One thing that should be realized when looking at Solitron is how the historical reported financials are impacted by the legacy liabilities. While the payments to pre-petition creditors are effectively a form of debt repayment, it's not classified as a financing item on the cash flow statement, but it's part of the reported operating cash flow. This is because the 'debt' was classified as "accounts payable-pre-petition." A reconciliation of reported cash from operations to an adjusted free cash flow figure is provided in the table below, together with revenue and profitability statistics.
Taking into account the dilutive effect of options, Solitron has currently a market capitalization of $9.3 million. Subtract the $6.7 million in cash and you have a business that is effectively valued at just $2.6 million. If we would assume that a reasonable range for normalized net income is between $600K and $900K/year, it would imply a normalized PE between 2.9x and 4.3x. An 8.5x multiple seems more appropriate for a solid business with a long track record of profitability, so this implies that the value of Solitron should be between $11.8 and $14.4 million.
The above valuation has some rough edges, but it shows that there could be a meaningful amount of upside from the current price when activist investors are successful in either convincing Solitron to return cash to shareholders, or by taking control of the board. A conservative valuation implies that the upside could range from 25% to 55% while the downside is limited. The company has more than 70% of its market cap in cash, and while it isn't doing anything productive with it, it is also not squandering it away. Solitron has been profitable every single year the past decade, so it's hard to see how shareholders can lose from the current starting point. To finish with some timeless wisdom:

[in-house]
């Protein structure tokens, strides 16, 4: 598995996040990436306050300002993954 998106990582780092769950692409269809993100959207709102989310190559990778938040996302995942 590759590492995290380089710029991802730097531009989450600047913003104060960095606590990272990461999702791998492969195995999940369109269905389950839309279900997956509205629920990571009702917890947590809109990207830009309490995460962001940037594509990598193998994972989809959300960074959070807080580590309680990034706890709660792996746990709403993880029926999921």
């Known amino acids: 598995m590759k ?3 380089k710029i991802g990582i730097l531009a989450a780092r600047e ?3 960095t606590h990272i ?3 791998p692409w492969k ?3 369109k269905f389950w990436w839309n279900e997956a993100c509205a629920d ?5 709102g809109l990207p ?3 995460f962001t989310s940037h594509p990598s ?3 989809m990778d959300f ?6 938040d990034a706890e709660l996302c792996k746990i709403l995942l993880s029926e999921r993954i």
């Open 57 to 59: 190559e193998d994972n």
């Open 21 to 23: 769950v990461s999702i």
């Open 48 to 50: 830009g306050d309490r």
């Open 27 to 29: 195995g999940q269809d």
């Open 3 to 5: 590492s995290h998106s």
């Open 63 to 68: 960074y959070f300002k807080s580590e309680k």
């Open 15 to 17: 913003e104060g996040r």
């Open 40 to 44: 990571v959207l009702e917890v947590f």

"Watch the downside, the upside will take care of itself" - Marty Gruss, former boss and mentor of John Paulson.
The twist in this thesis is that we probably don't have to wait very long for the upside, thanks to the activists' involvement.
Disclosure: I am long OTCPK:SODI. I wrote this article myself, and it expresses my own opinions. I am not receiving compensation for it (other than from Seeking Alpha). I have no business relationship with any company whose stock is mentioned in this article.